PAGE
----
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Funkymunky

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  1. I guess that's as clear cut as it gets.  Thanks!
  2. Is it a necessity per list though?  Wouldn't putting in a fence to ensure the correct setup has been processed be less work for the GPU than calling OMSetRenderTargets, RSSetViewports, and RSSetScissorRects for every list?  To clarify, I'm making those calls per list now, but I'm just wondering if there's a better way to do it...
  3. Let's say I have three command lists, A B and C.  They are guaranteed to be submitted in order.  If I call OMSetRenderTargets on list A, can I then ignore calling it on the B and C lists and assume they will be writing to the same render target?
  4. That's the conclusion I'm coming to as well, and upon further review you are correct about using /std:c++latest. Ah well, thanks for the help!
  5. I had found that and tried it, but I figured it was just deciding which version of the standard library to include.  It doesn't make a difference for this, I still get a compiler error like it can't understand "if constexpr".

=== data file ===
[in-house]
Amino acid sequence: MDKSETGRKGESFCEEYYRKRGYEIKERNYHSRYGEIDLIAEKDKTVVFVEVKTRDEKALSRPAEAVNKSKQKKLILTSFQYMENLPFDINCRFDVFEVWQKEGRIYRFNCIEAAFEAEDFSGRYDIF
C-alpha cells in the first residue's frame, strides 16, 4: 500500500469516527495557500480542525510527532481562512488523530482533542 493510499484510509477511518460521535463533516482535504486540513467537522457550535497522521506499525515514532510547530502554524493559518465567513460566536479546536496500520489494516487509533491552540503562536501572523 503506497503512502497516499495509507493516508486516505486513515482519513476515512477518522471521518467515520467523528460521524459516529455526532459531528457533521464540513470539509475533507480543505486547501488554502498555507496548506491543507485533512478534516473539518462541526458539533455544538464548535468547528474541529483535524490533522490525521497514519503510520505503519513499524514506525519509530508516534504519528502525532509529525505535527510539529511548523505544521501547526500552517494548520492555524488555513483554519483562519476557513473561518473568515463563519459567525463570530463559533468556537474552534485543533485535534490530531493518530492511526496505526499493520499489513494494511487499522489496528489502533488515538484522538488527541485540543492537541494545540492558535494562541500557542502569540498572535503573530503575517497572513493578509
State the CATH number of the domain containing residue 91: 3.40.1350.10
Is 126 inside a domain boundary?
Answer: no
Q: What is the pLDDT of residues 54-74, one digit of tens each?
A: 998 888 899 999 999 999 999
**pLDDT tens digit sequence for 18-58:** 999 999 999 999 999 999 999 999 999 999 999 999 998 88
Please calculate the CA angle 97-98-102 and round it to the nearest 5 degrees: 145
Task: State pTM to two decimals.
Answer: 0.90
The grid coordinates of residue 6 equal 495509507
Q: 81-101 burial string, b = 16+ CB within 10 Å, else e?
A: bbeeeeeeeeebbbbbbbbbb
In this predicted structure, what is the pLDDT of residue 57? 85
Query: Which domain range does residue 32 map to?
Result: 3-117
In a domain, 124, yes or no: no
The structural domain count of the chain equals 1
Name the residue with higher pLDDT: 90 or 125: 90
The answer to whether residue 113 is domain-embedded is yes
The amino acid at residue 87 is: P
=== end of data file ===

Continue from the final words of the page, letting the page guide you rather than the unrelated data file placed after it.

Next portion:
6. I just upgraded to Visual Studio 2017, because I wanted to use "if constexpr" in my code.  It seems like it's not supported: If I just do something like "if constexpr(true)", I get an error of "expected a '('"   Does anyone have experience with this?  Is there some setting I need to flip to get C++17 compilation enabled?  I didn't see anything in the project settings...
  7.   No my friend, that's not how this works.  Nobody has to execute your vision for you.  You won't even fully detail what it is; you just keep reiterating how much experience you have, as if that means we'll accept you as the authority on game design.  If your idea doesn't see the light of day, then it's entirely YOUR fault for not being able to work with people.   Also, stop calling us arrogant when you make statements like that.  That is like the epitome of arrogance.
  8. Hey man, I was just trying to give you some friendly advice.  I've watched you consistently get this type of reaction.  The reason for it is that you come off as extremely disrespectful.  I'm sure you have your reasons, your frustrations about not being understood or taken seriously for the magnitude of your game idea.  Or the fact that you feel like your experience in game design makes you an authority.  That you clearly feel like you know better than the people on this site.  But just... as a word to the wise... it's not working.  Again, this is why you have "30 years of banging my head against a brick wall."  You're being rude, disrespectful, and you're belittling the people that you are apparently reaching out to.  It's one thing to be confident in one's ability and knowledge; it's quite another to tell people that their experience is less valuable and that they should just shut up and listen to you.